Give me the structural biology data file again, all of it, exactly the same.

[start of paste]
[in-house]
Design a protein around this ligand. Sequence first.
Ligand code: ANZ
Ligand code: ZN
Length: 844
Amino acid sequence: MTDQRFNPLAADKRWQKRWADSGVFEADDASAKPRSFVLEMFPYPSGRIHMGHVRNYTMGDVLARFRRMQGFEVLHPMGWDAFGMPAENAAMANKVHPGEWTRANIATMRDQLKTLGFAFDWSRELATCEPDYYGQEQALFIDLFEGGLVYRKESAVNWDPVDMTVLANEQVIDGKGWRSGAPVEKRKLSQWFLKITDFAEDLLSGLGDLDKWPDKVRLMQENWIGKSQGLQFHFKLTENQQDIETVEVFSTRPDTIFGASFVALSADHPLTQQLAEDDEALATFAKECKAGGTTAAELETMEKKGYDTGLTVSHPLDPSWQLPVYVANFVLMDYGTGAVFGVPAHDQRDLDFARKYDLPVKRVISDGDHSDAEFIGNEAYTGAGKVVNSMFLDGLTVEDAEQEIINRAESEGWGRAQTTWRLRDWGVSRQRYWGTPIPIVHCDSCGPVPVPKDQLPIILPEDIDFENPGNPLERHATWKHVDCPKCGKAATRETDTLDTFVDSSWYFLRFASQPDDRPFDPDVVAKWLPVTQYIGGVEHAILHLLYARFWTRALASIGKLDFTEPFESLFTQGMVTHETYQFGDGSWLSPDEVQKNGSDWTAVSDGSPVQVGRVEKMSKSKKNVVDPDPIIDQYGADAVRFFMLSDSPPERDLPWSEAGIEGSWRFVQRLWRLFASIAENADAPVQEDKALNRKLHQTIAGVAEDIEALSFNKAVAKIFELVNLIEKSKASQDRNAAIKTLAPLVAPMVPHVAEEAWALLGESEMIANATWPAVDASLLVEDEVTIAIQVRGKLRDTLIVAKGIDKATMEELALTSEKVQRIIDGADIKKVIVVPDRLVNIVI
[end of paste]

[in-house]
Design a protein around this ligand. Sequence first.
Ligand code: ANZ
Ligand code: ZN
Length: 844
Amino acid sequence: MTDQRFNPLAADKRWQKRWADSGVFEADDASAKPRSFVLEMFPYPSGRIHMGHVRNYTMGDVLARFRRMQGFEVLHPMGWDAFGMPAENAAMANKVHPGEWTRANIATMRDQLKTLGFAFDWSRELATCEPDYYGQEQALFIDLFEGGLVYRKESAVNWDPVDMTVLANEQVIDGKGWRSGAPVEKRKLSQWFLKITDFAEDLLSGLGDLDKWPDKVRLMQENWIGKSQGLQFHFKLTENQQDIETVEVFSTRPDTIFGASFVALSADHPLTQQLAEDDEALATFAKECKAGGTTAAELETMEKKGYDTGLTVSHPLDPSWQLPVYVANFVLMDYGTGAVFGVPAHDQRDLDFARKYDLPVKRVISDGDHSDAEFIGNEAYTGAGKVVNSMFLDGLTVEDAEQEIINRAESEGWGRAQTTWRLRDWGVSRQRYWGTPIPIVHCDSCGPVPVPKDQLPIILPEDIDFENPGNPLERHATWKHVDCPKCGKAATRETDTLDTFVDSSWYFLRFASQPDDRPFDPDVVAKWLPVTQYIGGVEHAILHLLYARFWTRALASIGKLDFTEPFESLFTQGMVTHETYQFGDGSWLSPDEVQKNGSDWTAVSDGSPVQVGRVEKMSKSKKNVVDPDPIIDQYGADAVRFFMLSDSPPERDLPWSEAGIEGSWRFVQRLWRLFASIAENADAPVQEDKALNRKLHQTIAGVAEDIEALSFNKAVAKIFELVNLIEKSKASQDRNAAIKTLAPLVAPMVPHVAEEAWALLGESEMIANATWPAVDASLLVEDEVTIAIQVRGKLRDTLIVAKGIDKATMEELALTSEKVQRIIDGADIKKVIVVPDRLVNIVI